I’m traveling this week.

For the first time since 2006 I’m boarding a plane and leaving.

I am going on a four-day travel junket with other travel writers to spend a few days in the Blue Ridge Mountains.

I am both excited to leave town and terrified I’m not strong enough to make this trip.

I’ll be writing several stories for the travel section of my newspaper and I’ve got two weeks after I return to get them done.

I thought it might be interesting to write what I hope happens before I leave and finish this blog with how it actually went.

So — I have my airline tickets and know where my seats are. I change planes in Atlanta. Tomorrow I should know which gates I’ll need and that will decide if I need to hitch a ride on a cart or stroll through the airport.

I’ve decided not to check a bag but travel light. This is a no brainer because 20 years of packing made me a pro. Still, I read all the new rules the TSA provided and have a good idea what’s going and what’s staying.

I am going to do the U.S. Post Office’s “If It Fits, It Ships” to send home all the stuff I get (press kits, souvenirs, stuff like that) to keep my load light.

I am starting a steroid dose pack before I leave so I will feel the best I can while I’m gone.

I have tried to pick activities on the trip that won’t tax me too much, but I do realize I will be on my feet a lot more than I have been. (Reason One for dose pack).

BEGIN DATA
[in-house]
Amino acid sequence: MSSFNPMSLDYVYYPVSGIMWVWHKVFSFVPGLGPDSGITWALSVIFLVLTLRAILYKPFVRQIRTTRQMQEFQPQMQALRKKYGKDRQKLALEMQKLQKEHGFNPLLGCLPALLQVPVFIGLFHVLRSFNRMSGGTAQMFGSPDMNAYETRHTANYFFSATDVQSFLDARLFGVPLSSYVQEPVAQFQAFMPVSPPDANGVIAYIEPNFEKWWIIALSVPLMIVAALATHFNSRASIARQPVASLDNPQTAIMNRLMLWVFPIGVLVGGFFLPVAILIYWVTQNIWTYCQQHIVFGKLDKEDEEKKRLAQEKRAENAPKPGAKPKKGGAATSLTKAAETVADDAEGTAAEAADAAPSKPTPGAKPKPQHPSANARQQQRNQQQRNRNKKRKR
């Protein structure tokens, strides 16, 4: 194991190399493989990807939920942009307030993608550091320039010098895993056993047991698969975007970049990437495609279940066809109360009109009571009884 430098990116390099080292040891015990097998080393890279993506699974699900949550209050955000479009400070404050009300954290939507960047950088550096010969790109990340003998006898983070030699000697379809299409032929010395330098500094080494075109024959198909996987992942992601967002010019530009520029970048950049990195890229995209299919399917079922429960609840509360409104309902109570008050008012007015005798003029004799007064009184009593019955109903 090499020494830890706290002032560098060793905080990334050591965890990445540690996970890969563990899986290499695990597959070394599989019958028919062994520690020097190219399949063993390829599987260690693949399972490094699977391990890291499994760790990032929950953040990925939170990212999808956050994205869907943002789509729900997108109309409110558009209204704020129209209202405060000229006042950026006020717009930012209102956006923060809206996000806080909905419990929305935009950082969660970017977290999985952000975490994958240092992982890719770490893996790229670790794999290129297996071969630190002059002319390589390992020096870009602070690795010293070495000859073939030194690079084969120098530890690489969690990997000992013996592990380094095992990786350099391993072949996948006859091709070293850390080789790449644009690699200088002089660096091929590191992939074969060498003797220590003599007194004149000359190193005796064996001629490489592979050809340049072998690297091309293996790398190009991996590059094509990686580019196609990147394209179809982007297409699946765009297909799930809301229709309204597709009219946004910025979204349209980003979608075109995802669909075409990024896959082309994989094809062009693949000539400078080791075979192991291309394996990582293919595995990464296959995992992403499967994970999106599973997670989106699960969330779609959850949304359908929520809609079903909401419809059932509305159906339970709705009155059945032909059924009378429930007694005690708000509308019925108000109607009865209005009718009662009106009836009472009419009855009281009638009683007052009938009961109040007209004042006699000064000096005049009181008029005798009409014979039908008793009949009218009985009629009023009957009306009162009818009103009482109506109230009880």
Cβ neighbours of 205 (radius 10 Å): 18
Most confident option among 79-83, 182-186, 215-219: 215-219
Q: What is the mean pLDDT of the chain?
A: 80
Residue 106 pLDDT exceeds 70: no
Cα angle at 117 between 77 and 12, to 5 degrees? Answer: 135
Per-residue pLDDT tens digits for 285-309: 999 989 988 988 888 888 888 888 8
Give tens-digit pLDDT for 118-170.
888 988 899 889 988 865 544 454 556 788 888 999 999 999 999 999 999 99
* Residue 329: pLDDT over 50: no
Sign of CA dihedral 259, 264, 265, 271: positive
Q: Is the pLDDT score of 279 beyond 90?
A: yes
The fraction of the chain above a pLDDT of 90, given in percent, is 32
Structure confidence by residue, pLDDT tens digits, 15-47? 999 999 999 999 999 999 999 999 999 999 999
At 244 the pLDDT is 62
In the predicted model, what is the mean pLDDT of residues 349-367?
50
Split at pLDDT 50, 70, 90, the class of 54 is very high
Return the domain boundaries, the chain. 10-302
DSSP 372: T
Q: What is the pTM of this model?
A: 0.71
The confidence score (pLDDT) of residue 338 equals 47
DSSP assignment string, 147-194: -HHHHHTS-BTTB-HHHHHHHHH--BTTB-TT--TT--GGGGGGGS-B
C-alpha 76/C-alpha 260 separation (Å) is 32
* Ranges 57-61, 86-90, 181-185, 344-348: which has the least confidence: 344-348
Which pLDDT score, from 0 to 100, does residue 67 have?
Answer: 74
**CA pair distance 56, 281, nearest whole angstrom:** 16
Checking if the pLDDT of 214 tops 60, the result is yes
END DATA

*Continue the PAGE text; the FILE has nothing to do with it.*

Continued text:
I picked a short trip. I have two days of activities and then I’m out.

I’m taking a cane. I don’t want to but don’t want to take any chances.


A week ago I was in Virginia and a friend took me to a discount store to buy a suitcase for all the things I bought or was given.

Yes, I’m back.

On the whole, the trip was a big success. Traveling was easy. My gates at the Atlanta airport were close enough that I could easily walk between them.

I think the dose pack was the key. It kept me flexible enough I was able to walk up and down stairs, tour museums and wineries with little trouble and keep up with everyone else.

I made it home by noon Sunday and took it easy. I could tell when the steroids wore off because the pain increased, I discovered some muscle strain in my shoulder and I was really tired.

I bought the suitcase because we were given many things that I didn’t want to leave in a box for the post office. I wound up packing all the souvenirs and gifts in a new hard-sided suitcases and wrapped all the fragile things in my clothes.

I carried on the suitcase full of interviews, notes, press kits and brochures. I could replace everything but those.

I was really lucky that I flew the day before the FAA furloughed their employees and there were slowdowns in the air. 

It’s good to know I can keep up with healthy people. One of the writers ran a half marathon while she was there. Other writers took bicycle tours through neighborhoods, hiked and stayed out late at a music festival while I found myself at mountaintop wineries, marveling at the beautiful pastoral scenes and the mountains showing their spring colors, and hitting my hotel room right after dinner.

Still, I believe I can do more of these, which makes me happy. I love to travel and now I know I can do it within reason and good planning.

The agency who books these tours has invited me to come on other trips with them. 

I believe I will.